I was told a story once. It was about what happens to disgraced generals when they are arrested by the secret police. First they are dragged to the interrogation centre. There, they stand them up in a room, and the lowliest conscript walks up to him and tears off his lapels and insignia. They are thrown at his feet. Then the conscript raises his hand and with one fell swoop he slaps the officer on the face. I don’t know how to express the slap in English with the same weight it is given in Arabic. To give somebody a kaff is, I think, a grave insult. It cuts to the core of you in a way that the lowly punch never could. Whether it hurts more or less is up for debate, but the kaff is the final crossing of the line. There is no going back from it. In Syrian drama, the climax of an altercation between a man and his wife is when he gives her the kaff. The music stops, the face is frozen in shock, and the man immediately regrets what he has done, because he knows his wife will never forgive him, and will never forget. There is never anything to say after the kaff.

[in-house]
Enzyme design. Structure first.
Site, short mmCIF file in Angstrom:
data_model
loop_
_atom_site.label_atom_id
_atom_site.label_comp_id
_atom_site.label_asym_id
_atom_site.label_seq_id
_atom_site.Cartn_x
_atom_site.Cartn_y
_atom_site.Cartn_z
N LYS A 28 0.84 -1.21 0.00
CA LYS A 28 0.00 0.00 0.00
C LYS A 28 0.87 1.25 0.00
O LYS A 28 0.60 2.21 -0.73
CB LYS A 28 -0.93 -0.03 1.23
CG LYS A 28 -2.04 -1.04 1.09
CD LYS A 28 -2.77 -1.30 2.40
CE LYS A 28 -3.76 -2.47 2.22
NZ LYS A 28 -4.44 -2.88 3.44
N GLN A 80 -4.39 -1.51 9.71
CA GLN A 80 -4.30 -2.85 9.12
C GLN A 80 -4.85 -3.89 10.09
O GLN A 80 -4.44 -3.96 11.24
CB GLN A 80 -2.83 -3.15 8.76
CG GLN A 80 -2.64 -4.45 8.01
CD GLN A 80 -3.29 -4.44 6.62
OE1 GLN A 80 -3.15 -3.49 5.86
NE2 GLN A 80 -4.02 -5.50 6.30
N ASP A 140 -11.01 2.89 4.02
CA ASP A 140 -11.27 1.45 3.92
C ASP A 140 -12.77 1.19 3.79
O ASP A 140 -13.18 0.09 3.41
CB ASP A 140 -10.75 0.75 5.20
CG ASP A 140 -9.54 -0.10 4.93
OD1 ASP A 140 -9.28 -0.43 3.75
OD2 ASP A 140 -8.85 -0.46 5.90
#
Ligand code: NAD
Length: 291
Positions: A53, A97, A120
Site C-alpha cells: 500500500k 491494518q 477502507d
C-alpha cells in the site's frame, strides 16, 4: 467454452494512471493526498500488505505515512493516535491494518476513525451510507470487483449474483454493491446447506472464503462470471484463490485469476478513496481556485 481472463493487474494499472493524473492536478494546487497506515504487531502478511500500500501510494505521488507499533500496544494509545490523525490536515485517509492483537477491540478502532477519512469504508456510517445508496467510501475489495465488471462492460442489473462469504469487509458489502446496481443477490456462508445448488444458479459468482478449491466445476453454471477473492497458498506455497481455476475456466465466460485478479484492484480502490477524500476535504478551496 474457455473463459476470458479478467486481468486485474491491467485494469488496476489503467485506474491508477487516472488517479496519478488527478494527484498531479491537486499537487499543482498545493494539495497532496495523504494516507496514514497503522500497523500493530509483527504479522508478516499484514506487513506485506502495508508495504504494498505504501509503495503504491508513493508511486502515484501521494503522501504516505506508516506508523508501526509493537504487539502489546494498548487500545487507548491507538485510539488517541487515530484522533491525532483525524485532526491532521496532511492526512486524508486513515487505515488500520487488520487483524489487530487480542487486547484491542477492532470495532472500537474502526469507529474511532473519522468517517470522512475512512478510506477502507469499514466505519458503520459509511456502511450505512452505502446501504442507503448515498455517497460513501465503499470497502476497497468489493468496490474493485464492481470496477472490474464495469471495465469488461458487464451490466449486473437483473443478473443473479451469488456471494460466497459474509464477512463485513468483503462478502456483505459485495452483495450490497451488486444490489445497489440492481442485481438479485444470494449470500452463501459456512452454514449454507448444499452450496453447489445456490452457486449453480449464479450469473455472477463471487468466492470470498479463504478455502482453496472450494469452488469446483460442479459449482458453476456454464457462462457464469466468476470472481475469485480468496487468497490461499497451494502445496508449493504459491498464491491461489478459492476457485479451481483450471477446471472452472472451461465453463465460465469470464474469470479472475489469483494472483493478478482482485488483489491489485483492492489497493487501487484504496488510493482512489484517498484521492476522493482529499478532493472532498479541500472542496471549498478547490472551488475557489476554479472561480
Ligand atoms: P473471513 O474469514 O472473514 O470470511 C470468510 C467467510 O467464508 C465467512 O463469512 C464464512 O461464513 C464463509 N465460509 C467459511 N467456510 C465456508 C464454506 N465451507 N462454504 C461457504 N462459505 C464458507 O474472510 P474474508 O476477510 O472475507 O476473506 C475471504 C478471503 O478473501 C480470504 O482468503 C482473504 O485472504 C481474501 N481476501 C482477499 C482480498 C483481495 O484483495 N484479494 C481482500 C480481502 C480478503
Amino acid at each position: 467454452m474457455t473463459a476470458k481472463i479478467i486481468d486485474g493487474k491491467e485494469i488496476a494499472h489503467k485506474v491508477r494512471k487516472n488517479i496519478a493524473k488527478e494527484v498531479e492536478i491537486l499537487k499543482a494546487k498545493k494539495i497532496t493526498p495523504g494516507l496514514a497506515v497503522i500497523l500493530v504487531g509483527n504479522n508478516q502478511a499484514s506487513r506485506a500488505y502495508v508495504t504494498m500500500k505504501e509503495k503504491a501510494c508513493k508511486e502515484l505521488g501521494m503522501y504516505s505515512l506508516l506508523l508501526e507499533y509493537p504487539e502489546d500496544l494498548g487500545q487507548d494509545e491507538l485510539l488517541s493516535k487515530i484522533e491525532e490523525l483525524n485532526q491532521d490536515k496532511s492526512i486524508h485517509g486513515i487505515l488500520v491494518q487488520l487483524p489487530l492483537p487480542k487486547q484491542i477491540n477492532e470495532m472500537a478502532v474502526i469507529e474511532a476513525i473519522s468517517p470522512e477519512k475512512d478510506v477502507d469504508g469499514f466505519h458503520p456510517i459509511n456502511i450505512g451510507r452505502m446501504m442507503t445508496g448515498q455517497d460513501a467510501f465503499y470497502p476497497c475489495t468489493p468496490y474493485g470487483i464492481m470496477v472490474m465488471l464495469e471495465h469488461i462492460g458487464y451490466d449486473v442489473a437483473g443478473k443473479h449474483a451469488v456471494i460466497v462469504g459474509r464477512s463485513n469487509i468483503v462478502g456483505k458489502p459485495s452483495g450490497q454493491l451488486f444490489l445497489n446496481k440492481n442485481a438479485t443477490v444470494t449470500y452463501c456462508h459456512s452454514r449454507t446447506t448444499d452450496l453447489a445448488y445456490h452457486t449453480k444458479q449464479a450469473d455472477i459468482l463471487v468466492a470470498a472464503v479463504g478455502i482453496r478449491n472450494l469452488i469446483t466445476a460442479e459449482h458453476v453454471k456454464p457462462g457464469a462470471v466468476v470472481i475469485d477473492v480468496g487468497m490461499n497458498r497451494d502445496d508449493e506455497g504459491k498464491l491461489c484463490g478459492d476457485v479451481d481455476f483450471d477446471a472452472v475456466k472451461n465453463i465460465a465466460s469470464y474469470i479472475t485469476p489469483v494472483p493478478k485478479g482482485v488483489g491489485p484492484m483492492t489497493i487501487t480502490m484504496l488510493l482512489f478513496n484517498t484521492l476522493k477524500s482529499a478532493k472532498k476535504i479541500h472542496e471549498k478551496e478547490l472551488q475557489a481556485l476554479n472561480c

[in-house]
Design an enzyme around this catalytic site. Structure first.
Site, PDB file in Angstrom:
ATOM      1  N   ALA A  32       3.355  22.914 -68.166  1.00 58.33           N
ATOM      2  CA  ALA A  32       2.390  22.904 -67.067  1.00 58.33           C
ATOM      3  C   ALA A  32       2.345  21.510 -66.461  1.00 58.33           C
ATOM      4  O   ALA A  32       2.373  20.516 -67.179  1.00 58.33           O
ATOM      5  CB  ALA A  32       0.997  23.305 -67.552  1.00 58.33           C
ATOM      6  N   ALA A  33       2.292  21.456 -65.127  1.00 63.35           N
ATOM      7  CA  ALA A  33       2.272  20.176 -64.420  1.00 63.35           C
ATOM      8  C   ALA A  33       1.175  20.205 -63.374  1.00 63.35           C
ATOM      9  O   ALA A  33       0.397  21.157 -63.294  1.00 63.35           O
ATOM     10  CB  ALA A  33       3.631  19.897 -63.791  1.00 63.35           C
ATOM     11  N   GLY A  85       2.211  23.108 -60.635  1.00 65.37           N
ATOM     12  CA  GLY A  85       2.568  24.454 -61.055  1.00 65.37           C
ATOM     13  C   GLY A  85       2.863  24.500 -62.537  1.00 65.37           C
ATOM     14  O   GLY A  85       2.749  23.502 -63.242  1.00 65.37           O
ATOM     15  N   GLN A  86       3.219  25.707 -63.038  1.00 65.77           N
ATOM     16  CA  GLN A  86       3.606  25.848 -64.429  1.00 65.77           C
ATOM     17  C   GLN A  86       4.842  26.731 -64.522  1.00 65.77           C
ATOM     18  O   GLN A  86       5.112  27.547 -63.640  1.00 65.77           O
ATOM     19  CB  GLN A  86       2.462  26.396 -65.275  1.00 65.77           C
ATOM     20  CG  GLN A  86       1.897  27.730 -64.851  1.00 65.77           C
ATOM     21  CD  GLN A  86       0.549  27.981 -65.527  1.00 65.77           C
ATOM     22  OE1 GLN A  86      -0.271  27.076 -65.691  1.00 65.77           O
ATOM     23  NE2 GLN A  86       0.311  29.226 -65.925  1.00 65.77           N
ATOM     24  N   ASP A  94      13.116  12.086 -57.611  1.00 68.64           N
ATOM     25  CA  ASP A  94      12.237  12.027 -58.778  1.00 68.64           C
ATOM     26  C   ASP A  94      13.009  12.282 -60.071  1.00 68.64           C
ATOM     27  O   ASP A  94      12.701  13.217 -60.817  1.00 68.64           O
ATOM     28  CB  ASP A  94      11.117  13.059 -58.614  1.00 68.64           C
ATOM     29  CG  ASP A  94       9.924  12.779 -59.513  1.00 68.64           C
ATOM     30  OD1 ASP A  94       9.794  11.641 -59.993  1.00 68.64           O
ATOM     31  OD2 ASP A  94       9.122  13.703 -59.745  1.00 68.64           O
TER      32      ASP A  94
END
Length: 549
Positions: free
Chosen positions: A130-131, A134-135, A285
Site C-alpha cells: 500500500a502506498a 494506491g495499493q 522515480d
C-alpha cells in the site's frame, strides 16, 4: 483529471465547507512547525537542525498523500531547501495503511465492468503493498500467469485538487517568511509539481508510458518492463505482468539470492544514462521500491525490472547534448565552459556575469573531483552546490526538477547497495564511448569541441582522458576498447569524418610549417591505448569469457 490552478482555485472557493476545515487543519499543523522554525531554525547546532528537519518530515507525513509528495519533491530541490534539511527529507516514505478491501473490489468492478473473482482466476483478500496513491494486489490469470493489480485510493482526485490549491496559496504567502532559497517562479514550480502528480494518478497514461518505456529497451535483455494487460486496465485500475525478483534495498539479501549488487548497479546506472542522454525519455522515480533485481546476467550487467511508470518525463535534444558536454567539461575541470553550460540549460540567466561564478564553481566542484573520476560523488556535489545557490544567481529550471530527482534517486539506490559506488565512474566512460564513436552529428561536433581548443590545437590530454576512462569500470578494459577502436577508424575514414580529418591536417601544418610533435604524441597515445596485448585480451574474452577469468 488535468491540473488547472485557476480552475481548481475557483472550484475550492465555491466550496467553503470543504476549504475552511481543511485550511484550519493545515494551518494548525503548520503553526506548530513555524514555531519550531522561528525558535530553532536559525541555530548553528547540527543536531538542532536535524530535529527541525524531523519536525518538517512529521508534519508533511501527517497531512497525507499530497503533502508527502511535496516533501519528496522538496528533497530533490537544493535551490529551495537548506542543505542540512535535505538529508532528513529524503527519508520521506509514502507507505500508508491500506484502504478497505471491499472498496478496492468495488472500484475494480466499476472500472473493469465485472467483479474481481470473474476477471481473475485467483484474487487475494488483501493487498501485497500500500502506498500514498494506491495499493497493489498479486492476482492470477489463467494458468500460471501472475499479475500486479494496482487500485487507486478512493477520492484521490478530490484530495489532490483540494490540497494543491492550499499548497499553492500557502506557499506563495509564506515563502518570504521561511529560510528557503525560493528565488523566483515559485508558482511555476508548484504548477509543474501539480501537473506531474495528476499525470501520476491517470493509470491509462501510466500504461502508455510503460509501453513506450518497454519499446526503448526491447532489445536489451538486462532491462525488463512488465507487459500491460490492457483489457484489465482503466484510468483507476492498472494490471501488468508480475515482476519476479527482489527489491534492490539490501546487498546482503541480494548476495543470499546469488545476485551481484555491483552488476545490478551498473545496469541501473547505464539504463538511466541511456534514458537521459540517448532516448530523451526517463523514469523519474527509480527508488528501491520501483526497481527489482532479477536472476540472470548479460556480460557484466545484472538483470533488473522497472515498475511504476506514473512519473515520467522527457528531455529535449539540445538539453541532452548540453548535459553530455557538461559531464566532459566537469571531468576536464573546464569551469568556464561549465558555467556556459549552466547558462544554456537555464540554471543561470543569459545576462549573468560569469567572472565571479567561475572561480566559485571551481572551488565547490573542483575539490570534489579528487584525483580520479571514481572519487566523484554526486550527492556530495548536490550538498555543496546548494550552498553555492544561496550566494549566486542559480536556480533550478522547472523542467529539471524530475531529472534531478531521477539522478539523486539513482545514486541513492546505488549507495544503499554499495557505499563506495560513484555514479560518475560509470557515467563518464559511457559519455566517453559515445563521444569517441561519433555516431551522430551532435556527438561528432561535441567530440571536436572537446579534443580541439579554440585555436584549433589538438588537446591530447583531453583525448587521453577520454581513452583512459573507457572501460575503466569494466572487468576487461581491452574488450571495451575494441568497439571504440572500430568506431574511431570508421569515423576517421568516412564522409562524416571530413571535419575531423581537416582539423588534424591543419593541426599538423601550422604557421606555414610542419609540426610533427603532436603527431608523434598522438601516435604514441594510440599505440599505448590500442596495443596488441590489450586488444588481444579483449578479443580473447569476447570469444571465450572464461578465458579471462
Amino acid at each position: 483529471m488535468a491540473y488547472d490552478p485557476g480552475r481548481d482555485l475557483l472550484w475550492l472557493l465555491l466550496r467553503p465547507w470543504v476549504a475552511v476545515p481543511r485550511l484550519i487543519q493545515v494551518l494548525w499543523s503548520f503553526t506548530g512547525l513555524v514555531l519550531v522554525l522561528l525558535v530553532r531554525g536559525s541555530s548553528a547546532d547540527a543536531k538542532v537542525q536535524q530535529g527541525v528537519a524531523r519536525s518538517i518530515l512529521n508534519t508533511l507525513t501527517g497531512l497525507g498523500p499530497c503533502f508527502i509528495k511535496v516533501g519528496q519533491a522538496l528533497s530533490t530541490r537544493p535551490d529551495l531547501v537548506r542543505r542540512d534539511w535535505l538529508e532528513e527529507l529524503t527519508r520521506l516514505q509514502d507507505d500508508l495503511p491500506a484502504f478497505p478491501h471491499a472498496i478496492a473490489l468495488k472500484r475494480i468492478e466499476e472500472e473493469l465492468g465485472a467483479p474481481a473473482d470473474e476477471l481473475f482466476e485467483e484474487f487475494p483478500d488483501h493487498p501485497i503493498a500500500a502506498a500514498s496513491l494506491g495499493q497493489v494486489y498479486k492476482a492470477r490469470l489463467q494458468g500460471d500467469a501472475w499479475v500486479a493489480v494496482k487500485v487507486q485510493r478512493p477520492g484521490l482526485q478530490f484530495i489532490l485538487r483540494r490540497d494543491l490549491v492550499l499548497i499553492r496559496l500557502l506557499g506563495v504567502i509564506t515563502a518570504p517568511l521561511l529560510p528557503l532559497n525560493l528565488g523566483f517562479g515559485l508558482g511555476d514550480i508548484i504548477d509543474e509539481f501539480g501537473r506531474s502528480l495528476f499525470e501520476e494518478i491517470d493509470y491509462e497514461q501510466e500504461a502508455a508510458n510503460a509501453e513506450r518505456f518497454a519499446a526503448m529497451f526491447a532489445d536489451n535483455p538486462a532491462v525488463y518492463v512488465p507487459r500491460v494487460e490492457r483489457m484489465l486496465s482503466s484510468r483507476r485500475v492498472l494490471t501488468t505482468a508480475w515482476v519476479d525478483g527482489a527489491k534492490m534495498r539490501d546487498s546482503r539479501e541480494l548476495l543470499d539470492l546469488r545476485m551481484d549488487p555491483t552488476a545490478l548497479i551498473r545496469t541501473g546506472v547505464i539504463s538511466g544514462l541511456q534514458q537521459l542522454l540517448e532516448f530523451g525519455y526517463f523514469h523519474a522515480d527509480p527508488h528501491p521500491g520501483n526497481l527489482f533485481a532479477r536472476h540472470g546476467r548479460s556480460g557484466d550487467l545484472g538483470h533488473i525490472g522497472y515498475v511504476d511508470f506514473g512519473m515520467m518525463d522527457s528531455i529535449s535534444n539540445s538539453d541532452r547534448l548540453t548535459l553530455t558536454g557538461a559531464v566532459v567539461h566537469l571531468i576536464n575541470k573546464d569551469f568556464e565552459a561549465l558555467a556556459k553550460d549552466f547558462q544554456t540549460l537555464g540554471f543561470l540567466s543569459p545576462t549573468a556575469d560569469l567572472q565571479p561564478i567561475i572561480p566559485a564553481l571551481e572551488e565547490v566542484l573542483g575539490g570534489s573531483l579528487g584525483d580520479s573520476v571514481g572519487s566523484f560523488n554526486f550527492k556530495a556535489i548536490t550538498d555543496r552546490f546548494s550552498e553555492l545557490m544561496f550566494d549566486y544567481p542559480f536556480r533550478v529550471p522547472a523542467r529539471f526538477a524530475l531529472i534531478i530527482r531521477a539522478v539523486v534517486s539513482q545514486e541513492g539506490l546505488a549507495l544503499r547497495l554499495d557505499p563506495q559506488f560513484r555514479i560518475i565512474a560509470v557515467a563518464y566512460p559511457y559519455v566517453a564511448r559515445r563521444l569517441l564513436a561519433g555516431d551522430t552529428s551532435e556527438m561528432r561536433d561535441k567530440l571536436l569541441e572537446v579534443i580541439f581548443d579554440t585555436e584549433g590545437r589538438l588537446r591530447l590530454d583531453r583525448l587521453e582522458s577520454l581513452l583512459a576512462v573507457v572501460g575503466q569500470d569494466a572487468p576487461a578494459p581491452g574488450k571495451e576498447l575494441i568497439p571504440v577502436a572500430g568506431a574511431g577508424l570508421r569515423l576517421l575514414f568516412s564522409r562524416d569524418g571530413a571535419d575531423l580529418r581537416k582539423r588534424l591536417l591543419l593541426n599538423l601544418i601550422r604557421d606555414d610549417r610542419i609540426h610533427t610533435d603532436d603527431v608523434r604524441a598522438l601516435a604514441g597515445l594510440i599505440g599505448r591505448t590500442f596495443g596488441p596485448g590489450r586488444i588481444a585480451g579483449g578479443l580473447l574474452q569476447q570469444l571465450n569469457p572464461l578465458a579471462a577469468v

Since the start of the Syrian uprising I’ve scene clip after clip of the Syrian policeman, soldier, or thug, slapping the prisoners. Maybe it’s supposed to strike deep down at their masculinity and confidence. The Egyptians have a variation of it, it’s when the same slap is given at the back of the neck. Each to their own I suppose. For the disgraced general, it’s the first and only landmark he need take note of before being pushed into oblivion, into that place from which nobody emerges the same, if ever at all.But the thug enjoys his power and he gets a kick out of it. He knows you can never be as barbarous as him, and he can’t wait for you to slip into his hands. I don’t care, he is all that he can ever be. My gripe is with the man, or men, who put him in a position of power over good people. I want to haul those men in their expensive suits out of their luxury imported cars and stand them before me. I want to look at them as they mentally rehearse their lies. Then, just when one of them opens his lips, I want to raise my arm with ever ounce of strength that I possess, mustering all the anger and defiance of every man, woman and child who has cried out because of this bastard, and bring a kaffdown on his clean shaven face with all the force a weak, grieving and angry man can give. I want him to feel that sting and quiver with injustice, because then I will be sure that he knows what his victims have felt like. But that’s never going to happen, is it?Source